“Why did I lightly edit the Canon 1DX Mark II pictures instead of the Galaxy S21 Ultra pictures? Because the highly compressed .jpg images coming out of the Galaxy S21 Ultra would probably have fallen apart if I tried to push the color as much as I did with the Canon 1DX Mark II.”

He goes on to explain that camera image sensor and lens size make a huge difference in how much light can be captured, and thus how much fine detail can be captured. A dedicated DSLR camera has 12x the lens and camera sensor size.

The fact that the newest camera phone can turn out 99% equal quality base images is due to the phone essentially photoshopping the image immediately after taking it. Settings like portrait mode use a combination of minor lens manipulation and built in filters to enhance the the clarity and color of picture.

Conclusion:

A camera phone isn’t likely to replace a true professional’s camera kit for years to come. For the rest of us who simply want our vacation photos to look as good as possible, the need for a dedicated camera may very well be drawing to an end.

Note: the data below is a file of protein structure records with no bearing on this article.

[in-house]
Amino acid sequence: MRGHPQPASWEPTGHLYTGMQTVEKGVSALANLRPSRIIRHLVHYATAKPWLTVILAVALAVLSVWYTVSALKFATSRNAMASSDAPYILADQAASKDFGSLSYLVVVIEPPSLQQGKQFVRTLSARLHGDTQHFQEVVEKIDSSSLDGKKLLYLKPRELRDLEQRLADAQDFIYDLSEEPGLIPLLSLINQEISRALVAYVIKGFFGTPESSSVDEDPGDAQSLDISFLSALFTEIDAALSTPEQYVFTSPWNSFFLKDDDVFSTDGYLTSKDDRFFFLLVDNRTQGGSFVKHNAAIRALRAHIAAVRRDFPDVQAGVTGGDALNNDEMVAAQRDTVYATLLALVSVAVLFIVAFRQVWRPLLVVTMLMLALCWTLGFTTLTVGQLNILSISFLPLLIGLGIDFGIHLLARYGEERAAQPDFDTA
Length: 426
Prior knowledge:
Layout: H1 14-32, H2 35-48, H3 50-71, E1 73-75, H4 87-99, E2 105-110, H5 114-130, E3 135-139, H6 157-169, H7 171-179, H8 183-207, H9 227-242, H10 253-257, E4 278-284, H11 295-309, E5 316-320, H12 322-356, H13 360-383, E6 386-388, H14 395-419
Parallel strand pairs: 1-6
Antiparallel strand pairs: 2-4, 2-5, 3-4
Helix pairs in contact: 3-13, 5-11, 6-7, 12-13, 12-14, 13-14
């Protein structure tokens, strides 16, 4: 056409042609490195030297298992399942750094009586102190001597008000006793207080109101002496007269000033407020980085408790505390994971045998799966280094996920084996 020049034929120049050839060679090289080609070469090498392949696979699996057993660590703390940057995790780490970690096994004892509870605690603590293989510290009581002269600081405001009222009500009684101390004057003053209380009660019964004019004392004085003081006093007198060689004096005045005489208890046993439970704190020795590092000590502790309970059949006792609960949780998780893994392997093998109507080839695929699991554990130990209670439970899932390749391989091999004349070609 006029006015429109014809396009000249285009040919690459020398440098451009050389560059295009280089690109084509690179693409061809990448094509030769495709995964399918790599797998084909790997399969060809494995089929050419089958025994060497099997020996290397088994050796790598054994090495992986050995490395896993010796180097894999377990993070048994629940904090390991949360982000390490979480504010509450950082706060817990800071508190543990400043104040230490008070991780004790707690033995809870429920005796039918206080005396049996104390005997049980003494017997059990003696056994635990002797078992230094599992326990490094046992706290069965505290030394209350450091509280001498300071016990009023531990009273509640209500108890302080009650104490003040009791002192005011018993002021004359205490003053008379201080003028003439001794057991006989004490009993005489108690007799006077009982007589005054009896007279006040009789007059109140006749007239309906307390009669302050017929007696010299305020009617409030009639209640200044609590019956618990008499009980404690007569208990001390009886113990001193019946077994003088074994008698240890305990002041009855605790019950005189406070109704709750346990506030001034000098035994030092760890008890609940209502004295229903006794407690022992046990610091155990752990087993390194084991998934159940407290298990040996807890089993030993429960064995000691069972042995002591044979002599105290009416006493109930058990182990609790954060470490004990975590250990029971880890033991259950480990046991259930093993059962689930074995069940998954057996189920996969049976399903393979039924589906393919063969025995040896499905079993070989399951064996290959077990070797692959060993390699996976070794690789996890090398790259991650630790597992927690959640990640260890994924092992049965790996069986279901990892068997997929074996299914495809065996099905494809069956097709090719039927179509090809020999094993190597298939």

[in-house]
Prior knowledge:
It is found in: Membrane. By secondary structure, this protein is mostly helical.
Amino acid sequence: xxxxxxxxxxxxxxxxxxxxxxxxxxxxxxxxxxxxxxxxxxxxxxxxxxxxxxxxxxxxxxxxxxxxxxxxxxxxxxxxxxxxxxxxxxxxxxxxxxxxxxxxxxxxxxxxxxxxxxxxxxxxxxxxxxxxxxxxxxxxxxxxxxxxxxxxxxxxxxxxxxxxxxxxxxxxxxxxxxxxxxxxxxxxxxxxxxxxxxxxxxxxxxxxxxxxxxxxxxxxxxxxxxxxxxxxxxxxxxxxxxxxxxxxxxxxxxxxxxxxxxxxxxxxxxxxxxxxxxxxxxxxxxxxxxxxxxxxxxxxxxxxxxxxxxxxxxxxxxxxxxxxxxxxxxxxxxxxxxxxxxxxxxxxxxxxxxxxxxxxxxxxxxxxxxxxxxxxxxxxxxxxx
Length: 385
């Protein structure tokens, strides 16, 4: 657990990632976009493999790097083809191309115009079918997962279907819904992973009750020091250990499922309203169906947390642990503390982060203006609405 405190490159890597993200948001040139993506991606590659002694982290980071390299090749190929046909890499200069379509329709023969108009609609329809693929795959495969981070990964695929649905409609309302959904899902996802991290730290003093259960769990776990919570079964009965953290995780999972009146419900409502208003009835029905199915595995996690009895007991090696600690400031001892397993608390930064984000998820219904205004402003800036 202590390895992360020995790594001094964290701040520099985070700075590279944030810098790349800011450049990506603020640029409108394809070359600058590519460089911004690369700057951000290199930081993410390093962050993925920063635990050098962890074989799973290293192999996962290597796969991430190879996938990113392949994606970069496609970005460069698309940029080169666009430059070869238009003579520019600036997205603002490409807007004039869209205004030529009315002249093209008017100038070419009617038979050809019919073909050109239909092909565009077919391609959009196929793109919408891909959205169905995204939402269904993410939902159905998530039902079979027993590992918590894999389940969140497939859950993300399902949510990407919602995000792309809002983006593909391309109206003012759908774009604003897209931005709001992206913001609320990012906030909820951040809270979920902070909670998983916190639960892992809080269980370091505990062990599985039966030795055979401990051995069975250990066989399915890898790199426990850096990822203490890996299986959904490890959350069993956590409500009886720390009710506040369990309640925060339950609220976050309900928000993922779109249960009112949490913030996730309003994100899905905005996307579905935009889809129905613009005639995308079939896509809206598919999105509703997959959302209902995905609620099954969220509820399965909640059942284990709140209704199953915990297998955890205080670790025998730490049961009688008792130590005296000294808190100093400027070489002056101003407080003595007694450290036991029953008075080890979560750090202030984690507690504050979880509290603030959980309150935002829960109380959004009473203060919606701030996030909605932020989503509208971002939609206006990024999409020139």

Despite the above video being very credible, I will be doing my own testing and posting the results here. We’ll see for ourselves if a camera phone has finally reached the point of replacing a 35mm DSLR for the typical home photographer.

Sleep Number Bed – How It’s Made & Review

Kind of random I know, but that’s my blog.

This post inspired by our battle with our own bed and Sleep Number’s customer non-service department.

Image from Businesswire.com

As you doubtless guessed from my opening and previous post about sleep quality, I have some real gripes here. I’m going to be fair and talk about the pluses we experienced while we owned the bed also. It’s probably easiest to work through things in a chronological order.